The report, by Stanford University professor Lawrence Wein, was published this week by the National Academy of Sciences. In the article Wein details how terrorists, by injecting a small amount of botulism toxin into the milk supply, could kill hundreds of thousands of people and cause billions of dollars in economic losses.
Noting the importance of milk production in the valley, Bill Yoshomoto, who heads a rural crime organization says the publication was irresponsible.
"I'm worried about those people who are still out there on the fringes that now have in a sense, a blueprint, to commit a very heinous act here in the United States."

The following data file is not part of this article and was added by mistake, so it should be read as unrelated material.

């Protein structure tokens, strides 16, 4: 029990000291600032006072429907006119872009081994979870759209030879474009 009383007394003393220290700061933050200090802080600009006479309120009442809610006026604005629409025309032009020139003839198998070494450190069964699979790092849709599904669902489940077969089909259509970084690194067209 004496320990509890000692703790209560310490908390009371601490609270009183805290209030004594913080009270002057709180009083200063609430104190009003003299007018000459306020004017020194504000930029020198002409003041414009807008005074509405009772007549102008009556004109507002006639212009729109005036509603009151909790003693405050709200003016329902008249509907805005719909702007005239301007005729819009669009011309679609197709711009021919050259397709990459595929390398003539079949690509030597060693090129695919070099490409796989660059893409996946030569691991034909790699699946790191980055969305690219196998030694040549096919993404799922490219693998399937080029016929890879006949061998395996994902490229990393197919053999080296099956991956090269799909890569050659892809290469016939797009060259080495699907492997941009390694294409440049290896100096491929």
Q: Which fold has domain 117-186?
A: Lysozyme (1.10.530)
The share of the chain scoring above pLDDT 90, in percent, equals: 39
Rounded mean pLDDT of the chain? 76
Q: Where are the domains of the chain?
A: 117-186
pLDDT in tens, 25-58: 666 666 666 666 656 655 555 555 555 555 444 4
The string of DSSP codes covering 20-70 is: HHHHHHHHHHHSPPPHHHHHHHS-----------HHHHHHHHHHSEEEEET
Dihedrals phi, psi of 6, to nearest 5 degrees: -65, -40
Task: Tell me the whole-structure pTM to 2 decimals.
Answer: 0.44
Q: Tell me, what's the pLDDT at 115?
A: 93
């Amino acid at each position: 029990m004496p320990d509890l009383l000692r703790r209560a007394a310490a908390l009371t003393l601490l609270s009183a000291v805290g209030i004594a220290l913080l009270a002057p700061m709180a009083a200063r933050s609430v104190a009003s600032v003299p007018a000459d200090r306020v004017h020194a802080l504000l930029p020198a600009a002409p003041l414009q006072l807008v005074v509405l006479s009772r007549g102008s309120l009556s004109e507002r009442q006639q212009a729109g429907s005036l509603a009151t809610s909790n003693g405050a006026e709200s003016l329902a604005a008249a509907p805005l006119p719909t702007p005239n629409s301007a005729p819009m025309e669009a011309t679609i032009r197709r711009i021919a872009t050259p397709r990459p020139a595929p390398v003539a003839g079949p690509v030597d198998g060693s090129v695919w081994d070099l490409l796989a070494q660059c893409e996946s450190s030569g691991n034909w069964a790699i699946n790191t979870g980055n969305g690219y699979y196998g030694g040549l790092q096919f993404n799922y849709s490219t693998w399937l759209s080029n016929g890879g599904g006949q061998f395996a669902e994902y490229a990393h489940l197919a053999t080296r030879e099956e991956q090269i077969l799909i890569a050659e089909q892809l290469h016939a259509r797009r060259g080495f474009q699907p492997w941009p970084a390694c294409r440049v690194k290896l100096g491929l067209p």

The academy says the article doesn't include information that isn't already available to the public in one form or another. A spokesman for a dairy organization says since the nine/eleven attacks farmers and processors have ratcheted up security. But he adds that there are still precautions that could be taken.
Farmers meanwhile, are concerned the publicity generated by the report will scare consumers.